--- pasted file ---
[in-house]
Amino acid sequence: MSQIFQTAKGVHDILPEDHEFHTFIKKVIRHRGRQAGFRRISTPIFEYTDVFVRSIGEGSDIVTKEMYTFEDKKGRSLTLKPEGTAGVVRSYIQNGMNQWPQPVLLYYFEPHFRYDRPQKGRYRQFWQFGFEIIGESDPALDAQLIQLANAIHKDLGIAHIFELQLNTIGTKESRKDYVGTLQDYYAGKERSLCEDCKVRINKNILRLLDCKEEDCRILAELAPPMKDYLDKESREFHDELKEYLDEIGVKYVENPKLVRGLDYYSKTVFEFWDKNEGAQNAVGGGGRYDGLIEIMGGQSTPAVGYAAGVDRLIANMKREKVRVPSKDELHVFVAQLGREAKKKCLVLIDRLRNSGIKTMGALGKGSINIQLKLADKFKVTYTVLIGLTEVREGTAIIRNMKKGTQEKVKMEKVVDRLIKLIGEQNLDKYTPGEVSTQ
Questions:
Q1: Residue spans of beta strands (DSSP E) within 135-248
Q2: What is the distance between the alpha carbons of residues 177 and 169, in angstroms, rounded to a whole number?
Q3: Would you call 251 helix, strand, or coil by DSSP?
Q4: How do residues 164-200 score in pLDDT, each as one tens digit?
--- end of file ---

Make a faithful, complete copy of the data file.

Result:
[in-house]
Amino acid sequence: MSQIFQTAKGVHDILPEDHEFHTFIKKVIRHRGRQAGFRRISTPIFEYTDVFVRSIGEGSDIVTKEMYTFEDKKGRSLTLKPEGTAGVVRSYIQNGMNQWPQPVLLYYFEPHFRYDRPQKGRYRQFWQFGFEIIGESDPALDAQLIQLANAIHKDLGIAHIFELQLNTIGTKESRKDYVGTLQDYYAGKERSLCEDCKVRINKNILRLLDCKEEDCRILAELAPPMKDYLDKESREFHDELKEYLDEIGVKYVENPKLVRGLDYYSKTVFEFWDKNEGAQNAVGGGGRYDGLIEIMGGQSTPAVGYAAGVDRLIANMKREKVRVPSKDELHVFVAQLGREAKKKCLVLIDRLRNSGIKTMGALGKGSINIQLKLADKFKVTYTVLIGLTEVREGTAIIRNMKKGTQEKVKMEKVVDRLIKLIGEQNLDKYTPGEVSTQ
Questions:
Q1: Residue spans of beta strands (DSSP E) within 135-248
Q2: What is the distance between the alpha carbons of residues 177 and 169, in angstroms, rounded to a whole number?
Q3: Would you call 251 helix, strand, or coil by DSSP?
Q4: How do residues 164-200 score in pLDDT, each as one tens digit?